Talk:Pacific bluefin tuna

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Crab[edit]

Can anyone verify the point in the article about they eat "pelagic red crab"? Cullenfluffyjennings 04:32, 3 September 2007 (UTC)

Or how Japan can be both the largest importer of bluefin tuna and at the same time of of the largest exporters? Why would it be such a large exporter if the domestic demand was so great? Lime in the Coconut 15:45, 29 March 2010 (UTC)

Stylistic changes.[edit]

In the Environmental Issues section I made two small style modifications. I modified how the "ICCAT" abbreviation was sequenced under the second bullet point and instead of "The ICCAT" it is changed to "ICCAT". The second style modification was to make the bullet point titles bold.

I added hyperlinks for CITES and ICCAT.

This section doesn't have many citations so I marked some spots where citations would be good. For example, a citation should be given when saying the Tuna population has dropped by 75% to 97%. Citations should also be given when saying "conservation groups say...." This information should be available for someone to look up. XXVII (talk) 07:06, 9 May 2010 (UTC)

The article says the population is not threatened, but then immediately claims it is overfished. Wouldn't the definition of "overfished" be threatening the population? 173.85.37.96 (talk) 04:02, 31 March 2012 (UTC)

Well it could be better explained, but overfished means it has been fished to a point where it is no longer replacing itself at an optimum rate. It is possible to overfish a species indefinitely, in a sustainable way. It doesn't follow at all from this that it is a threatened species, which is to say that it's very existence is endangered. --Epipelagic (talk) 05:45, 31 March 2012 (UTC)

I'm puzzled by this 'not threatened' comment, since to my knowledge the Pacific Bluefin is the most endangered of all tuna species. For example, PEW Trust's latest 2013 figures put the population down 96% from the historic high. http://www.pewenvironment.org/news-room/fact-sheets/the-story-of-pacific-bluefin-tuna-85899470355

Yes, for some time there have been conflicting and concerning reports, even suggestions of threats to members of the tuna commission. It would good to address this issue somewhere. The definitive assessment authority is the IUCN. Their current (2011) assessment of Pacific bluefins is that they are of "least concern", that is, not threatened. By contrast, they have assessed the Atlantic bluefin tuna as endangered and the southern bluefin as critically endangered. --Epipelagic (talk) 02:52, 17 October 2013 (UTC)

Recommendation to merge some sections with Tuna[edit]

There is a lot of overlap between the Thermoregulation, Conservation Status, Environmental Issues, and Farming sections for the Pacific bluefin tuna, Northern bluefin tuna, and Southern bluefin tuna. Some of this information is also repeated on the Tuna page. Since most of the information is general and not specifically related to the individual species I propose that this information should be discussed at the genus level (i.e. merge with the Tuna page). An alternate proposal might be to create new pages geared to the specific topics like Thermoregulation in Tuna and Conservation Status, Environmental Issues, and Farming of Bluefin Tuna.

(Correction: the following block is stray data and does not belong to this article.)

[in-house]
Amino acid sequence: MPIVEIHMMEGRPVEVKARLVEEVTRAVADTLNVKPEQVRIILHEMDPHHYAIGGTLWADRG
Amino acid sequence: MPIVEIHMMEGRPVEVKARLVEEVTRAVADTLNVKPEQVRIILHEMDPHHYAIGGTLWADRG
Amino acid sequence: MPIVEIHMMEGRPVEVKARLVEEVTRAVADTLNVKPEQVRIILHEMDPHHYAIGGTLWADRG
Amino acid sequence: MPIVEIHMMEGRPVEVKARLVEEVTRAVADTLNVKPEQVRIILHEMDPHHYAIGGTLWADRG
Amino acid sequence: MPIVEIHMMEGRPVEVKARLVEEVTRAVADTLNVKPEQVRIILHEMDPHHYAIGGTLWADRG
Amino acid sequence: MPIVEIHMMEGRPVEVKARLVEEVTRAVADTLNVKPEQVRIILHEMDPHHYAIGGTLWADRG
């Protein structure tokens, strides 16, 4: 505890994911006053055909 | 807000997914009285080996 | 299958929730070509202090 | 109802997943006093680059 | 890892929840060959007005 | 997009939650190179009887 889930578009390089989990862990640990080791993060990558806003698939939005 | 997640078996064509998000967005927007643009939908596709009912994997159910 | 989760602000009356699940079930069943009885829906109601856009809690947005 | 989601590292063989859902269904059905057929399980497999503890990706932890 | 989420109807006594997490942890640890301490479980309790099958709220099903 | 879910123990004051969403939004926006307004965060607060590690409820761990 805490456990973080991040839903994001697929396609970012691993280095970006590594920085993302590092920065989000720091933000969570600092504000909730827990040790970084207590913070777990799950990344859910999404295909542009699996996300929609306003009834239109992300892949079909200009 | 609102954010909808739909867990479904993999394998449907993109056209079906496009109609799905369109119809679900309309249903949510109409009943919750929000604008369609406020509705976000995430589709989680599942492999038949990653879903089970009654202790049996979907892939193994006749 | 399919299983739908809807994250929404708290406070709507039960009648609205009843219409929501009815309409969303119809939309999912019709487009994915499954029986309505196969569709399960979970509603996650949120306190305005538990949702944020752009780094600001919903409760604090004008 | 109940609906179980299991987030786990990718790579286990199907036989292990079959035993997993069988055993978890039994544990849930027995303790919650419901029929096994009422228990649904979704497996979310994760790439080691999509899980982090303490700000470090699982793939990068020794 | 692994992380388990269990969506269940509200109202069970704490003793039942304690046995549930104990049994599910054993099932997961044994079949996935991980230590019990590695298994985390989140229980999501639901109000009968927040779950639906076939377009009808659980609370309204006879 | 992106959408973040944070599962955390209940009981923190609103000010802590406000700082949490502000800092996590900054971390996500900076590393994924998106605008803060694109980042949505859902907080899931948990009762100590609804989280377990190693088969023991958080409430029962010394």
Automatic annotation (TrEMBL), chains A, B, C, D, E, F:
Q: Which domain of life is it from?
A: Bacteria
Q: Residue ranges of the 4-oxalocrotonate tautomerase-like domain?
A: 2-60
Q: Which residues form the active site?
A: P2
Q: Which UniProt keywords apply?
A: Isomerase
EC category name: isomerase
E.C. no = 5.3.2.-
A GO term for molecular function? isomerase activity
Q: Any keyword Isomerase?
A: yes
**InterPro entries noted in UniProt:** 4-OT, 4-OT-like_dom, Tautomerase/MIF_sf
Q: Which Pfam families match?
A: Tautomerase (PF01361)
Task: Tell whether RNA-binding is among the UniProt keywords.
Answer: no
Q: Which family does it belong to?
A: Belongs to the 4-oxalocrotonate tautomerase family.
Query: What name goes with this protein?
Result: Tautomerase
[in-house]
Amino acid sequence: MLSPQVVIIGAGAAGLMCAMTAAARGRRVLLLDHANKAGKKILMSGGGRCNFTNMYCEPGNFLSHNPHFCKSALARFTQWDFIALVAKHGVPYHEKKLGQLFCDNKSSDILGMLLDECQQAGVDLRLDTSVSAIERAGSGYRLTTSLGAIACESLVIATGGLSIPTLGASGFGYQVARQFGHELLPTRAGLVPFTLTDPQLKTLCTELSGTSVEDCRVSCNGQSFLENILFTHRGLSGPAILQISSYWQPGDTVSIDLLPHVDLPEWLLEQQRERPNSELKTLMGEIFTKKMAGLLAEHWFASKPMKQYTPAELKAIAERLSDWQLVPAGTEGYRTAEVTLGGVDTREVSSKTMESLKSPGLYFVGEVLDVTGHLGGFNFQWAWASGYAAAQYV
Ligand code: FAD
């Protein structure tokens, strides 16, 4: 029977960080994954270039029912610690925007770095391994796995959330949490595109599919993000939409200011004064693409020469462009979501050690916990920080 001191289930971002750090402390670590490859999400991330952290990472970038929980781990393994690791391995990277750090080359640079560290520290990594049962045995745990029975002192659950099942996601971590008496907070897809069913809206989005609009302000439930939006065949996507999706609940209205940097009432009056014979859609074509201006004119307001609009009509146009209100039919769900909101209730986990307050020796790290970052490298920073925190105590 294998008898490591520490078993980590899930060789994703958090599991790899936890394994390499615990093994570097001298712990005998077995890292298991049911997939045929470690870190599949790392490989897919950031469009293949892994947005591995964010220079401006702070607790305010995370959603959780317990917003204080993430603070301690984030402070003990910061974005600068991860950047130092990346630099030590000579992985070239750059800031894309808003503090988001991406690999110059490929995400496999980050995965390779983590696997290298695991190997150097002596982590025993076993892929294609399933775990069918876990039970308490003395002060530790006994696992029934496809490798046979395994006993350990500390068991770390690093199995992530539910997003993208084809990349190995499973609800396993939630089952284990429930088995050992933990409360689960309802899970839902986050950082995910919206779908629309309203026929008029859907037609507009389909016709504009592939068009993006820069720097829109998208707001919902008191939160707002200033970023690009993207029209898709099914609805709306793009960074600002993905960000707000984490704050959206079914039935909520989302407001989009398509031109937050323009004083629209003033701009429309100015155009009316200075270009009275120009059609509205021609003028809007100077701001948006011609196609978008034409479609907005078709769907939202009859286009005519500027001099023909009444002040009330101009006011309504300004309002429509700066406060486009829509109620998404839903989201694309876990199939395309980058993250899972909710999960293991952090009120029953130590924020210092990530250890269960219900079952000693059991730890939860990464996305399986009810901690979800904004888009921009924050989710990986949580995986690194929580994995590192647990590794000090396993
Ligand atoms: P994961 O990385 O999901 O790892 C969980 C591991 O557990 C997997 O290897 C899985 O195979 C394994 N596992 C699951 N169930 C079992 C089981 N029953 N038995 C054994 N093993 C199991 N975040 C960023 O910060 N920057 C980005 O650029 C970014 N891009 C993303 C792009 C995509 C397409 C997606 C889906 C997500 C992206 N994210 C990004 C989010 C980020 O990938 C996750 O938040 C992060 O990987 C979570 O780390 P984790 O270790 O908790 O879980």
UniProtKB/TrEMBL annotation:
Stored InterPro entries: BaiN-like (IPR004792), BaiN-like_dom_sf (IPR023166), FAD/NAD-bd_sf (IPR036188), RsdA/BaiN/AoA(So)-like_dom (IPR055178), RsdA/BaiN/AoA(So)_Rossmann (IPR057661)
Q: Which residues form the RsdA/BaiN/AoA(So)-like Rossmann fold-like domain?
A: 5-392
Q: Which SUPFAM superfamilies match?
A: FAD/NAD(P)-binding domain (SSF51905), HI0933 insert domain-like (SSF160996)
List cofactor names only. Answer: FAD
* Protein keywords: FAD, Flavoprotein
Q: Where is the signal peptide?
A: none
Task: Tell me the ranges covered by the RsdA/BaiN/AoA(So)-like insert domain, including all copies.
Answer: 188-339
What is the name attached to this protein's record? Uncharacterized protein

Note: I have copied and pasted this talking point on each of the pages listed above. XXVII (talk) 07:45, 9 May 2010 (UTC)

There is some merit in rationalizing the various subtopics, but Pacific, Northern and Southern bluefin tuna also need their own articles, with much expanded sections on their industrial fishing. --Epipelagic (talk) 08:57, 9 May 2010 (UTC)
Agreed. Clarification: The proposal is to rationalize the various subtopics, and merge repeat information in a logical manner. The Pacific, Northern, and Southern bluefin tuna need their own articles, and these articles should be expanded.XXVII (talk) 00:14, 16 May 2010 (UTC)
I don't think you should remove these subtopics (eg. Thermoregulation, et al) from each of these individual separate Tuna species pages, as they are intrinsic to the species genus page they are on; i.e. their biology is a major factor in what they are as an individual species, and should be there in as much detail as possible per species page, hopefully along with more info that I think is missing (though can't add as I have not enough knowledge nor time to research).
However, that was a very good idea in suggesting the creation of those extra pages you suggested (Thermoregulation in Tuna and Conservation Status, Environmental Issues, and Farming of Bluefin Tuna), as they are separate topic areas of importance in their own right, outside of the specific species pages which are important as part of an encyclopaedia in their own right. So please feel free to go for it in that respect, remembering to add links to the new pages on each separate species page similar section, eg. See also: Thermoregulation in Tuna. (I have removed the merge header, which is therefore not relevent, as you can create the extra pages in addition to these ones) Jimthing (talk) 01:44, 13 January 2011 (UTC)